Studebaker's M-Series trucks, ranging from 1/2 ton to 2 tons, were introduced in 1941 and produced until 1949 and the arrival of the R-Series.  This truck, which has the same cab as the trucks produced by Studebaker for the US Army in World War II, was purchased after the war and used for telephone installation and line repair work until the late 1950s.  It was restored over a five year period from 2005 to 2010.

1953 Studillac (left), 1964 Studebaker Champ pickup truck (centre), 1964 Studebaker Wagonaire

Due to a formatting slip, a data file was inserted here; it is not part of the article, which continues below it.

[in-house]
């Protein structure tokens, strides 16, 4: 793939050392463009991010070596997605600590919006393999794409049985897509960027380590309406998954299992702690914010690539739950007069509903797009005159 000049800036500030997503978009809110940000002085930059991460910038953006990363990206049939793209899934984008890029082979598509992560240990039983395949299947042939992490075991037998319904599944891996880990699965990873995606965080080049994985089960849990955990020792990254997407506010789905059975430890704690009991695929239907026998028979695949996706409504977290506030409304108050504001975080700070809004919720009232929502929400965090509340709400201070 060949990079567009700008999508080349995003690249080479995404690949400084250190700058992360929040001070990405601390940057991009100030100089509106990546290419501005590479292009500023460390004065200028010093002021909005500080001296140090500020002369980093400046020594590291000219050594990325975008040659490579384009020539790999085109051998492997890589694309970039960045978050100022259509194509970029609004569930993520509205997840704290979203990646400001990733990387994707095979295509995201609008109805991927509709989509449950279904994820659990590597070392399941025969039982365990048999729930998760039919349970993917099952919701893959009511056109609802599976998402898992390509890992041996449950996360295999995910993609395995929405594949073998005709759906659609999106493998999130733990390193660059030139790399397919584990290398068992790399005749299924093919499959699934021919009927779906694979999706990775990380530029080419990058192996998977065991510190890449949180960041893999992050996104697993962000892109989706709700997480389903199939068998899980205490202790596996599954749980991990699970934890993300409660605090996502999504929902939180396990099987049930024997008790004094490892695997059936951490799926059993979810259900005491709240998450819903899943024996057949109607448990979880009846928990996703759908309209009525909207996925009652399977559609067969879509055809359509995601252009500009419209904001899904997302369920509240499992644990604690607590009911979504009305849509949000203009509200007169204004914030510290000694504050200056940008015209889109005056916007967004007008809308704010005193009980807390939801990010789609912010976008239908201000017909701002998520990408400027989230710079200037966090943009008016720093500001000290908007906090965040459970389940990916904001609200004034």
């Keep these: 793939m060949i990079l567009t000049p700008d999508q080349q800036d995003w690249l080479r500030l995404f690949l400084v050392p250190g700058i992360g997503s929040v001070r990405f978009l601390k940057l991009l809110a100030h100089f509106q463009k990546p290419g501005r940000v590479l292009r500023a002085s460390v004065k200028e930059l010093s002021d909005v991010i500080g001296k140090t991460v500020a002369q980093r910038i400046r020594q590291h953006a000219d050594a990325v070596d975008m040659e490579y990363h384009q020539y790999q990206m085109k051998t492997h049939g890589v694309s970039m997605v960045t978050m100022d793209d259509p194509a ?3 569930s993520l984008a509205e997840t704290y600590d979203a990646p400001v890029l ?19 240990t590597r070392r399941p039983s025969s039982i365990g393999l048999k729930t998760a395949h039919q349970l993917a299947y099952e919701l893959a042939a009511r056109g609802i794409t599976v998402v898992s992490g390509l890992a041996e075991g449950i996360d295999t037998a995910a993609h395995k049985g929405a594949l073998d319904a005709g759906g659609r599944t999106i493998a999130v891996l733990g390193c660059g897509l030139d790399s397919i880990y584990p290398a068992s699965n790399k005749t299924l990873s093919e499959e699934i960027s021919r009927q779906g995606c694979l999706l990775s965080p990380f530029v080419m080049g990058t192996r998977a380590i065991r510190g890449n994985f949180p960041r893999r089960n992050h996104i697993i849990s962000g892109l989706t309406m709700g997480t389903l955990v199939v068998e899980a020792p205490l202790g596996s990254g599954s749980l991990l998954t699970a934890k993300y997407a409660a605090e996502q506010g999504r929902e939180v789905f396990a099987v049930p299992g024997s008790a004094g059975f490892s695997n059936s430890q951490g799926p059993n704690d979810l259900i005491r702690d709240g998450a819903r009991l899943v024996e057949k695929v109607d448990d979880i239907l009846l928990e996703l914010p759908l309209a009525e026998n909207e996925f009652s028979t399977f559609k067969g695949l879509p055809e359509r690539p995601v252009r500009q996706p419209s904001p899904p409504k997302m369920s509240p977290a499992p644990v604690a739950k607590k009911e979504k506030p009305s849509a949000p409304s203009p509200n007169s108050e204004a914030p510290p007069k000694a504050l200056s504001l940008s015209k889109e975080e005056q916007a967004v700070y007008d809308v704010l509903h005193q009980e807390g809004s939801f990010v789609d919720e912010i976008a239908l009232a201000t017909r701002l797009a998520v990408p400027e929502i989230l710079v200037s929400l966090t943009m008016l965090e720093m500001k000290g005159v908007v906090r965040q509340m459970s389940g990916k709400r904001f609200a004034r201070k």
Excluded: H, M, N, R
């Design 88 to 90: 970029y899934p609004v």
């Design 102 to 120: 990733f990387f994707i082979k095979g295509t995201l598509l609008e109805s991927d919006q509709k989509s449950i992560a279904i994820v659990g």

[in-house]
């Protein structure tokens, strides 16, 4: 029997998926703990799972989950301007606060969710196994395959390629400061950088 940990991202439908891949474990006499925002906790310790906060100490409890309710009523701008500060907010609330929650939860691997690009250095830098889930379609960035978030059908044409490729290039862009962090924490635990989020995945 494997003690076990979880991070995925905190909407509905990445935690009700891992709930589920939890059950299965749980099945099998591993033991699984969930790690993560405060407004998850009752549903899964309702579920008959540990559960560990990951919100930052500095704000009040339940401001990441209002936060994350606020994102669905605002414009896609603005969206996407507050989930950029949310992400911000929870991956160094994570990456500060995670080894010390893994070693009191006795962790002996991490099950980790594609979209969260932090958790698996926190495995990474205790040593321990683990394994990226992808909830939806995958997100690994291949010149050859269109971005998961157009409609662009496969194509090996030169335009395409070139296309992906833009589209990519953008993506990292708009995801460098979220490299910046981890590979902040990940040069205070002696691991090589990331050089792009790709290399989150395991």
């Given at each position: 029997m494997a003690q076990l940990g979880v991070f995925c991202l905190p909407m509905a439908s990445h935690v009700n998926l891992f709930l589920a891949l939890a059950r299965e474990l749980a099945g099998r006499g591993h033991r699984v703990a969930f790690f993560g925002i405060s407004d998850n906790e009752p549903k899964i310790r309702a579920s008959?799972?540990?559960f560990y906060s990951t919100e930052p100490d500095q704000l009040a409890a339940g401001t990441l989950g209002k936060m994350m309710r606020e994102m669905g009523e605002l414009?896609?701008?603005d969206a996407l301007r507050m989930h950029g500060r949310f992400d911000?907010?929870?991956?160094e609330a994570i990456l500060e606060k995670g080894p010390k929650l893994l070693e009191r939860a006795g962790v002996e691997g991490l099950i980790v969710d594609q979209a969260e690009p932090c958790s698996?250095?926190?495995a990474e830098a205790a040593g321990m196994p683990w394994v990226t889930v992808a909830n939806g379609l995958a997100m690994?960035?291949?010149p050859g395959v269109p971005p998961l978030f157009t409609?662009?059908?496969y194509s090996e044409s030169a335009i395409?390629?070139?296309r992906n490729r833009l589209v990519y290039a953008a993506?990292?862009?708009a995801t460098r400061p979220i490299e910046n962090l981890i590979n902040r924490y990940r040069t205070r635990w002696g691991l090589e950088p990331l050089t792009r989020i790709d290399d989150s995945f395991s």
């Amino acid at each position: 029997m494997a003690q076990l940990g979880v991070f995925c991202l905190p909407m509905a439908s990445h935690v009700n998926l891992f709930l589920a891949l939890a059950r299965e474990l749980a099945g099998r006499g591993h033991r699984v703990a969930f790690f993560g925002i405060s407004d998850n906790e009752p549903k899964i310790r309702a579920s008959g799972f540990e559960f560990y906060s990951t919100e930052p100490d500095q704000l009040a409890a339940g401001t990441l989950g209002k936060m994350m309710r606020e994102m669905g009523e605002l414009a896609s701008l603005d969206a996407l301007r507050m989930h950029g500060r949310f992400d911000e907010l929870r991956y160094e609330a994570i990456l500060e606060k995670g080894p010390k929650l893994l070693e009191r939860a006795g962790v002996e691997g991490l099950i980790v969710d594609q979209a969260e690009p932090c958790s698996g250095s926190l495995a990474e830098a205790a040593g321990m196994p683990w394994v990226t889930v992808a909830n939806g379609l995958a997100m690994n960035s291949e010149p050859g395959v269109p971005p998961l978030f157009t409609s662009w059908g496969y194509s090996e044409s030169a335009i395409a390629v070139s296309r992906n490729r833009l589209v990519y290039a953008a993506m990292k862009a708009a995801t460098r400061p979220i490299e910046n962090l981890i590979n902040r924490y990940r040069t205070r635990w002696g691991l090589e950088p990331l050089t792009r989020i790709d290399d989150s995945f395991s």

The Studillac was a high-performance car assembled by Bill Frick Motors in Rockville Centre, New York, from 1953 until 1955, utilizing Studebaker Starliner coupes fitted with a Cadillac V8 engine of 210-250 hp.  Complete cars were available for $4,500 to $5,000 or a customer's car could be converted with a new engine and transmission.  Performance was good for the period, with a top speed of 130 mph and 0-60 times of 8.6 seconds.  A Studillac makes in appearance in Ian Fleming's James Bond novel "Diamonds are Forever," driven by Bond's CIA contact.  With the redesign of the front end of the Loewy Coupe by Studebaker in 1955, Frick's customers thought the car was ugly and sales of the Studillac ended.